General Tom Russo and Phil Keen image

Published on February 1st, 2018

2018 rural property market forecast

Strong rural performance

Tom Russo
General Manger, Real Estate

Almost three years of consistent strong returns across most key agricultural regions is the primary driver for the ongoing strong performance of the rural property market relative to historical trends. The resulting supply demand balance sees us move into 2018 in a seller’s market.

Whilst we certainly continue to see strong interest from foreign investors looking to acquire quality assets at scale, it was predominantly local established farming enterprises who made significant investments throughout 2017 and have underpinned land value appreciation. This reflects growing confidence in agricultural production amidst what has been a “perfect storm” of key variables driving profitability.

Macroeconomic themes such as food security, growing Chinese and broader ASEAN middle class demand for safe and high quality agricultural products, and the broader ongoing flight of capital to quality real assets are all driving significant increase in investment in Australian agricultural assets. Essentially, investors are betting that as populations and wealth grows in developing regions, we will see explosive growth in demand for food. Australia’s proximity to key Asian growth markets and our low sovereign risk makes our agricultural assets very desirable and is applying upward pressure to many agricultural commodity prices. The gross value of farm production in Australia recently hit a record high of $62.8 billion, with agricultural exports contributing $50 billion to our national exports.

In addition, low interest rates, high agricultural commodity prices (leaving aside grain prices) and favourable seasonal conditions have resulted in many good operators having fire power in their balance sheets to fund growth aspirations in search of economies of scale. Ultimately, primary producers have been able to reduce their existing debt levels and then take advantage of historically low borrowing costs to expand their operations. In many respects, it has certainly been the “year of the neighbour”.

Furthermore, amidst this strong buying environment we have seen a trend towards lower volumes of listings as many primary producers choose to continue to enjoy the high returns of their investments in the favourable operating conditions, rather than divest.

As a result, we have a supply demand balance which has created a seller’s market. A key issue that primary producers contemplating divesting their assets in the near term will need to consider is where we currently sit in the cycle and how long these conditions will remain. It’s a nice problem to have.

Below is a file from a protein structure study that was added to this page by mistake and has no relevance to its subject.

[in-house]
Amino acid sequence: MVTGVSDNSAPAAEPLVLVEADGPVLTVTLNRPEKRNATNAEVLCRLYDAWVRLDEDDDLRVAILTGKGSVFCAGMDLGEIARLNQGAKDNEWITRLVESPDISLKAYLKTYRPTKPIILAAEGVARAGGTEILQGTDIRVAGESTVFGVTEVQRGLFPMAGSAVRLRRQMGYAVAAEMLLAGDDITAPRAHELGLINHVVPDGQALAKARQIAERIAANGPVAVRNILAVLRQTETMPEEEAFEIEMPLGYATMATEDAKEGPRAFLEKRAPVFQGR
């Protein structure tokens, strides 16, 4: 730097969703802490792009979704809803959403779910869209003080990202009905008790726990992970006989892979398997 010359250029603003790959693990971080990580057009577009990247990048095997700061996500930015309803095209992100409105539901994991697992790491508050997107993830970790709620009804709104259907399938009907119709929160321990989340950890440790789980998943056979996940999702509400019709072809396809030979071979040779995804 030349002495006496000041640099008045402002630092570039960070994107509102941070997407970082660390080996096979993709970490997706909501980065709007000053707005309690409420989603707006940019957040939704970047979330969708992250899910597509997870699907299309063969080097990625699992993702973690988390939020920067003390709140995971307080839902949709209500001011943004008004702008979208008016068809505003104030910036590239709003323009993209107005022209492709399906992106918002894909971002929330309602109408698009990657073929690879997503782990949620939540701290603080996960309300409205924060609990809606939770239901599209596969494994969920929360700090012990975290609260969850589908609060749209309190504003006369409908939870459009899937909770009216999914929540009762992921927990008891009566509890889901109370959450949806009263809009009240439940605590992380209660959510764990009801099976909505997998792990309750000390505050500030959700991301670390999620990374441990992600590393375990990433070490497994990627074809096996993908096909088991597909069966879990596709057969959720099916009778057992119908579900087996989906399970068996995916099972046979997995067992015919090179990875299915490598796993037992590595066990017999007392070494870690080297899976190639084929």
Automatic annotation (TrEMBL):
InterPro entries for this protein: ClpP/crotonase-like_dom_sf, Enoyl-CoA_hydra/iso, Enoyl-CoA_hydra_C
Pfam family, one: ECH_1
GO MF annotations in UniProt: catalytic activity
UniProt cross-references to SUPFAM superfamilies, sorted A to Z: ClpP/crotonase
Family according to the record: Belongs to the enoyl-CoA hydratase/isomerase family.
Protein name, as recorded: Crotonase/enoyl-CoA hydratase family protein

SA in demand in 2017

Phil Keen
Real Estate Manager SA/NT

There has been a spectacular run on rural property in 2017, with records tumbling across the state. We’ve seen the combination of stable low interest rates, sustained strong commodity prices and a solid season, which has attracted both farmers looking to expand and investors seeing agriculture as a safe investment.

In South Australia it’s been a tremendous year with outstanding commodity prices across almost every sector.

The Yorke Peninsula and Mid North have been highly productive and have continually seen improved prices but some areas such as parts of the Eyre Peninsula and Mallee, which are not quite as productive, are now seen to be reasonable value on a price per hectare of production. Farmers in many areas are looking beyond their local district to expand.

The results of one cropping or livestock season are no longer dictating values, with buyers instead making a long-term strategic investment. A lot of younger people are also seeing the family farm as a viable path for them.

The South East has received widespread enquiry resulting in greatly increased competitive tension lifting the market across all production categories – the continued strong lamb and beef price has been the principal driver.

The wider financial market are also seeing agribusiness and agriculture as a sound place to invest.

This year we foresee land changing hands at similar values, if not setting more records. Although, it is hard to know how much harder people will push, but I am suspecting the traditionally lower production and yield country in cropping will see a lift.

People buy on historical production data and rainfall, although farmers are continually improving their techniques and getting good yields in seasons with very little spring rain.


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